Anyway. I never made it to the ER that evening, and the pain eventually subsided. I didn’t think anything further about my ovaries until last week, actually, when Marty came home from his training camp. We went to bed, everything was fine, and then I was woken up by incredible pain in the area of my right ovary about 2 o’clock in the morning. My first thought this time was “painful gas?” (so sad), but once again, my inner knowing quickly told me it was my ovarian cyst-er, back again and bursting like ten thousand tiny flowers in bloom– flowers of PAIN and SUFFERING, though.

The flower of PAIN and SUFFERING.

The flower of PAIN and SUFFERING.

This time, I managed to roll over onto all fours like a cat, and my pitiful whimpering was enough to rouse Marty from his earplug-ensconced slumber. What do you do at 2 in the morning when a cyst has suddenly ruptured on your ovary? In this case, Marty immediately started doing Reiki on my body, and I initiated a round of EFT tapping on myself, just like you’d imagine from a hippie granola couple like us. Ha. I breathed through the pain, tried to relax my body instead of tensing up in a cocoon of suffering (way easier said than done), and eventually managed to drift back to sleep. Same thing happened the next night, though– went to bed just fine, was woken up by anguish and general teeth gnashing, and fell back asleep after beaming love and golden sunshine to my right ovary with the awesome power of my mortal hand.

What gives, body?

Well, just like you’d imagine from a hippie granola woman like myself, I consulted Dr. Christiane Northrup (she of Women’s Bodies, Women’s Wisdom fame), and I also Googled Louise Hay, the Mother of Positive Affirmations. (Yes, I also read up on standard medical explanations for ovarian cysts, but let’s be honest– the woo-woo stuff was way more exciting. I love me some new age stuff!)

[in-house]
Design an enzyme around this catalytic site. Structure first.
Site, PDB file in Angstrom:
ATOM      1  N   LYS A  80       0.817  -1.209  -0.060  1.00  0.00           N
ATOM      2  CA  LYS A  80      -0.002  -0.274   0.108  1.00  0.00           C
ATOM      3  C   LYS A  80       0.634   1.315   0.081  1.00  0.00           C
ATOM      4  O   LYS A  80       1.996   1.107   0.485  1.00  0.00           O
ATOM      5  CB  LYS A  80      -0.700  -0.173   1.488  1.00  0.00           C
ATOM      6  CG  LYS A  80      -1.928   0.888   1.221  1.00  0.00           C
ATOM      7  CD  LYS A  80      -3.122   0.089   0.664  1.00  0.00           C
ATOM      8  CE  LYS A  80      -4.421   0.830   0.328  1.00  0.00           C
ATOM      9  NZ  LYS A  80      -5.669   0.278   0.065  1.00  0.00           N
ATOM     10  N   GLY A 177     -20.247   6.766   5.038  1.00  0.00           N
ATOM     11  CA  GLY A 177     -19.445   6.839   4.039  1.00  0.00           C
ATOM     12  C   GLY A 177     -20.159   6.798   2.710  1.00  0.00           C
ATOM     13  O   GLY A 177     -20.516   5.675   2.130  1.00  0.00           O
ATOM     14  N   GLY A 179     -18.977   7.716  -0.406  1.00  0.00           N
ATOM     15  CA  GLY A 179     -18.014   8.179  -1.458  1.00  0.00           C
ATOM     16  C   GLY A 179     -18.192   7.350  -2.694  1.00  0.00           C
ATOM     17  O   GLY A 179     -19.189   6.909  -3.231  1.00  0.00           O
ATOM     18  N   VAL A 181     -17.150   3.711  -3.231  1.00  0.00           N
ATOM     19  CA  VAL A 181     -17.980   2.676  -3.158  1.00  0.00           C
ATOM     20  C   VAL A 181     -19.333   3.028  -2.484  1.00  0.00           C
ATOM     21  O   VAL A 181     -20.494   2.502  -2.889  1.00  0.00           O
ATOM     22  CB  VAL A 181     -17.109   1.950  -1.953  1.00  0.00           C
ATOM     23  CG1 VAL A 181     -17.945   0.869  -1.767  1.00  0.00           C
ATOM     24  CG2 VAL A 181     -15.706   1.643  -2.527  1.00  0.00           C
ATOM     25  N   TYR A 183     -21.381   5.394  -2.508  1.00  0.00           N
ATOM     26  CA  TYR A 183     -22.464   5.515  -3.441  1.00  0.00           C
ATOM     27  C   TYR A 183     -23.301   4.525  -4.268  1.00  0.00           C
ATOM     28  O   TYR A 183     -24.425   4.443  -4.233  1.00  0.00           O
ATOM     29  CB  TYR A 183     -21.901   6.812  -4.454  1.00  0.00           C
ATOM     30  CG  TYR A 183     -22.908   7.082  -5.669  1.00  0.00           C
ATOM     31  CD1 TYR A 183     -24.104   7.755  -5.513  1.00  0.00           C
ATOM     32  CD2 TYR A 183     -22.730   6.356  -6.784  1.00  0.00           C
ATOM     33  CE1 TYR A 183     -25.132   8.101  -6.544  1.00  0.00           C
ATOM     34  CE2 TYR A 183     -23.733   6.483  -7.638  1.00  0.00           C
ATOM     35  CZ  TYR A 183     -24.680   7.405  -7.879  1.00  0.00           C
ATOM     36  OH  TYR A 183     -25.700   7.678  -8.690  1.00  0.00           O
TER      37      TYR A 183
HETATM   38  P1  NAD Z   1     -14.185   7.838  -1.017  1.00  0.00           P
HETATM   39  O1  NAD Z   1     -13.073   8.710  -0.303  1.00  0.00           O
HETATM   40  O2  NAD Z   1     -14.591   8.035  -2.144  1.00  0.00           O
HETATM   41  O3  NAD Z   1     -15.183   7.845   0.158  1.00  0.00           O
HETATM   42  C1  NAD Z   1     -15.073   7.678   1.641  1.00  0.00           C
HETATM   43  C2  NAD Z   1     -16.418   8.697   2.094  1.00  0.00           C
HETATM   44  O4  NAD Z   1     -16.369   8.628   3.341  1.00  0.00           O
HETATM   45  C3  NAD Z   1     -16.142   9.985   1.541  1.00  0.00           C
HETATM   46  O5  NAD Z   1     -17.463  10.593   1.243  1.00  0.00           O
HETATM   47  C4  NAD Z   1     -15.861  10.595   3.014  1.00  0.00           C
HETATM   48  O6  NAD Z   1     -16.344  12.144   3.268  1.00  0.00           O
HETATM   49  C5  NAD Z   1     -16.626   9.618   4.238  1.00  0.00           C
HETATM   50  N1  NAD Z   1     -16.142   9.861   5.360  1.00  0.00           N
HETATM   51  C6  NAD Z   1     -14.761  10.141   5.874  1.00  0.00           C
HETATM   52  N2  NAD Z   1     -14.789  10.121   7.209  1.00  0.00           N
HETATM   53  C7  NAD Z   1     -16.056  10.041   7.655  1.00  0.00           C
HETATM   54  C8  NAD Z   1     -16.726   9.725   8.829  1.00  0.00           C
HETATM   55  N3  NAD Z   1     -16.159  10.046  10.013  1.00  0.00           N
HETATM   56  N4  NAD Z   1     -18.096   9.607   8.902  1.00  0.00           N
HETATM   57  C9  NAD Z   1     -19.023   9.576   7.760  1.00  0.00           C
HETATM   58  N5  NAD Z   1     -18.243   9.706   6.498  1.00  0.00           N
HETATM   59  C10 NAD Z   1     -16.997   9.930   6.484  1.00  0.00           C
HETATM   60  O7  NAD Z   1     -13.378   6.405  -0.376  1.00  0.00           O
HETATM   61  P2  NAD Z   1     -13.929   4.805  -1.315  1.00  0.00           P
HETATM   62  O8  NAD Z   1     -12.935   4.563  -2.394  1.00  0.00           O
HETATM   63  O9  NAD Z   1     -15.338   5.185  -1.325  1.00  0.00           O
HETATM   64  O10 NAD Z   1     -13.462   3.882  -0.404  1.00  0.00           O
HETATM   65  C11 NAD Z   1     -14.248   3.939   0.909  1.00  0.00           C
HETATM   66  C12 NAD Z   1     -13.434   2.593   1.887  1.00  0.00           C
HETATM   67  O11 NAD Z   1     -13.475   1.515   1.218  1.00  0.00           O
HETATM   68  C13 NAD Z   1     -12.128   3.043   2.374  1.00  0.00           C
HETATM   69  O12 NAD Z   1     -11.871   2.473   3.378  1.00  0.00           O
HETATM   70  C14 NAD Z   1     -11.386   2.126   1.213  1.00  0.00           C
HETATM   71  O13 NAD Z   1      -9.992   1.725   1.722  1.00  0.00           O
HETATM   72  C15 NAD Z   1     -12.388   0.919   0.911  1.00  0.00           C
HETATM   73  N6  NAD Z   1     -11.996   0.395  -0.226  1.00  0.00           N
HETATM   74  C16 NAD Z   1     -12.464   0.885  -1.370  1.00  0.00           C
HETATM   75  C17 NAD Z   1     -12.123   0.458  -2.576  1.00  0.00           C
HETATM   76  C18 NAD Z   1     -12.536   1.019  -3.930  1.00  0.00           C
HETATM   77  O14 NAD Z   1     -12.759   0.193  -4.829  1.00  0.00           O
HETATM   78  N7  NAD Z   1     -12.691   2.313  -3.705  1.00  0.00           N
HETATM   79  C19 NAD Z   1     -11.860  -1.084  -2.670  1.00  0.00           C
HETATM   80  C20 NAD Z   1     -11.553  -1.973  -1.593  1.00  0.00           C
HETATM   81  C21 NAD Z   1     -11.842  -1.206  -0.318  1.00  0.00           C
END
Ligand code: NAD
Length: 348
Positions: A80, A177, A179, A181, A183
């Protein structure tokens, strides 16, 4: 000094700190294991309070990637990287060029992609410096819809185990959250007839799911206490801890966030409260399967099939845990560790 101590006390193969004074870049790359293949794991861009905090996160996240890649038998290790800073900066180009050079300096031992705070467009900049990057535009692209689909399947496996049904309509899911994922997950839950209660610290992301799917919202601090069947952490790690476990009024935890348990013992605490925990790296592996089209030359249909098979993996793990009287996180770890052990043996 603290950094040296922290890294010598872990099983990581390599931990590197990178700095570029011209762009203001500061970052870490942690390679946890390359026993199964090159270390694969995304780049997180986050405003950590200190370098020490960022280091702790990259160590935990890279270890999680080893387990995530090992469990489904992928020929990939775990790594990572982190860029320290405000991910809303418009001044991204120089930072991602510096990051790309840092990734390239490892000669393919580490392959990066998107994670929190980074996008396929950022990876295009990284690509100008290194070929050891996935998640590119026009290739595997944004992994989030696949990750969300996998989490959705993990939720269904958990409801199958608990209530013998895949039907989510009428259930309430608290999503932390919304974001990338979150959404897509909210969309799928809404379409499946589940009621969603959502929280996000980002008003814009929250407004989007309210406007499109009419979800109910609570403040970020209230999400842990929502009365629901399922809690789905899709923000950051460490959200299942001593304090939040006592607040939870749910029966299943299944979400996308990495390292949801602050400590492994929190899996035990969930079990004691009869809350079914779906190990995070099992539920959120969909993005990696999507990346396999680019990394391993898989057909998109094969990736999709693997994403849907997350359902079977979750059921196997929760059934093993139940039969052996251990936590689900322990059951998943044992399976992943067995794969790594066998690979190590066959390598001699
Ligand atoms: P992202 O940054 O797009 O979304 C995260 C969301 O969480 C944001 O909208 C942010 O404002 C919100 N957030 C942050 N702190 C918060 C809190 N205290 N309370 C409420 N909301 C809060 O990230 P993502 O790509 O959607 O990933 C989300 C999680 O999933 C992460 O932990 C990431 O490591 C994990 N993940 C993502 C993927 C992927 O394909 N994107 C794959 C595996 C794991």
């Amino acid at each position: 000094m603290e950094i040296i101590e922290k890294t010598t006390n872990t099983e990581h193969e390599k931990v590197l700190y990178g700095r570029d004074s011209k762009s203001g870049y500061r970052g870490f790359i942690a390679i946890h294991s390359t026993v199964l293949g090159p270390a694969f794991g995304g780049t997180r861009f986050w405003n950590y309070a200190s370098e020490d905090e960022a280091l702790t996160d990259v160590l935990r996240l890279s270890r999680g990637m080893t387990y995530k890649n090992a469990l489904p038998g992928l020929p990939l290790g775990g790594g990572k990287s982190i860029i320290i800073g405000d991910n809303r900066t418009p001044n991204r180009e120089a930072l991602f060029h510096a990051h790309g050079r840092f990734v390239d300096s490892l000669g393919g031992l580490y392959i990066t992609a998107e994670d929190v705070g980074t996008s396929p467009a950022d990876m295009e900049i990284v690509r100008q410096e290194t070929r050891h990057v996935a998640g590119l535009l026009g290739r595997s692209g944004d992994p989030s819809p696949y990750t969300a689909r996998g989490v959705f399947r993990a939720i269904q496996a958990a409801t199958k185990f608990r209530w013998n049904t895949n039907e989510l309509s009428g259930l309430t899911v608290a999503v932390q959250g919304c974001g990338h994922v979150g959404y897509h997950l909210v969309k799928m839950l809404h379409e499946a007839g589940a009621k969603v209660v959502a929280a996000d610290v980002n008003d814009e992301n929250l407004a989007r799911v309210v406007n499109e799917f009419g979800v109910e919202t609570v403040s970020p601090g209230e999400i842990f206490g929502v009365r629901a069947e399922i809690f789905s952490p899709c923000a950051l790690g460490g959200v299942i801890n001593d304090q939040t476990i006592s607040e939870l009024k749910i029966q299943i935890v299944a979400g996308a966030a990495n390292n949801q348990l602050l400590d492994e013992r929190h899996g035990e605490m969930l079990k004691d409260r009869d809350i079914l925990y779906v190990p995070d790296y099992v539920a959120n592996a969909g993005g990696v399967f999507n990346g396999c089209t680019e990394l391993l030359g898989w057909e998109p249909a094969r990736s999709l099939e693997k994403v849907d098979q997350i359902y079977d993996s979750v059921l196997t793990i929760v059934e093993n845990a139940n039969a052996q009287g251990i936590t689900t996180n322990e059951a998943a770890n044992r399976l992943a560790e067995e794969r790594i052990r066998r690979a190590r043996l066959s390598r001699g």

You can feel free to roll your eyes now if you wish, but I happened to be struck dumb by the cosmic significance of ovarian cysts. For one thing, they are supposed to symbolize an imbalance between masculine and feminine energies (i.e., leaning towards masculine energies like competition and achievement, sort of like what my trusted psychic told me back in June.) Secondly, they represent a need to prioritize rest, relaxation, and self-care– not like that applies to me at all. Whatever, Universe! (Ha.) Finally– and this is what really got me– ovarian cysts remind us that it’s just as important to love who we are as much as we identify with what we do. If the emphasis is always on doing things— working, exercising, cooking, cleaning, even fun things like reading, writing, knitting, or watching movies– we don’t leave any space for simply being ourselves. And as improbable as it seems in our go-go-go culture, we really do need to balance ‘doing’ with ‘being’ in order to be at our best.